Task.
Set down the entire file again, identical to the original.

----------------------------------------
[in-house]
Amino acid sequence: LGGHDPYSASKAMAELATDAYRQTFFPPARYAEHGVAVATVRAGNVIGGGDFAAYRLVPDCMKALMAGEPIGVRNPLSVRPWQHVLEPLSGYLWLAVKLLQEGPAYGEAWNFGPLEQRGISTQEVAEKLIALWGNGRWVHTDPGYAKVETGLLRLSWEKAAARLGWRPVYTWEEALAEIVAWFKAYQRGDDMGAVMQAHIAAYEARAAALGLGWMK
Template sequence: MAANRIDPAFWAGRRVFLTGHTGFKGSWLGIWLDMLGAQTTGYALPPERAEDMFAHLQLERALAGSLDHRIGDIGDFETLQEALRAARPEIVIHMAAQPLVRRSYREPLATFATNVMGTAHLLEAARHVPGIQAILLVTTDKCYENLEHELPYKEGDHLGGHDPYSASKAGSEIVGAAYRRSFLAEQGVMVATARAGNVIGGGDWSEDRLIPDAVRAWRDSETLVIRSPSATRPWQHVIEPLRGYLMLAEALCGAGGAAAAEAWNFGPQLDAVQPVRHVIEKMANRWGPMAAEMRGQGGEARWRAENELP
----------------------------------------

[in-house]
Amino acid sequence: LGGHDPYSASKAMAELATDAYRQTFFPPARYAEHGVAVATVRAGNVIGGGDFAAYRLVPDCMKALMAGEPIGVRNPLSVRPWQHVLEPLSGYLWLAVKLLQEGPAYGEAWNFGPLEQRGISTQEVAEKLIALWGNGRWVHTDPGYAKVETGLLRLSWEKAAARLGWRPVYTWEEALAEIVAWFKAYQRGDDMGAVMQAHIAAYEARAAALGLGWMK
Template sequence: MAANRIDPAFWAGRRVFLTGHTGFKGSWLGIWLDMLGAQTTGYALPPERAEDMFAHLQLERALAGSLDHRIGDIGDFETLQEALRAARPEIVIHMAAQPLVRRSYREPLATFATNVMGTAHLLEAARHVPGIQAILLVTTDKCYENLEHELPYKEGDHLGGHDPYSASKAGSEIVGAAYRRSFLAEQGVMVATARAGNVIGGGDWSEDRLIPDAVRAWRDSETLVIRSPSATRPWQHVIEPLRGYLMLAEALCGAGGAAAAEAWNFGPQLDAVQPVRHVIEKMANRWGPMAAEMRGQGGEARWRAENELP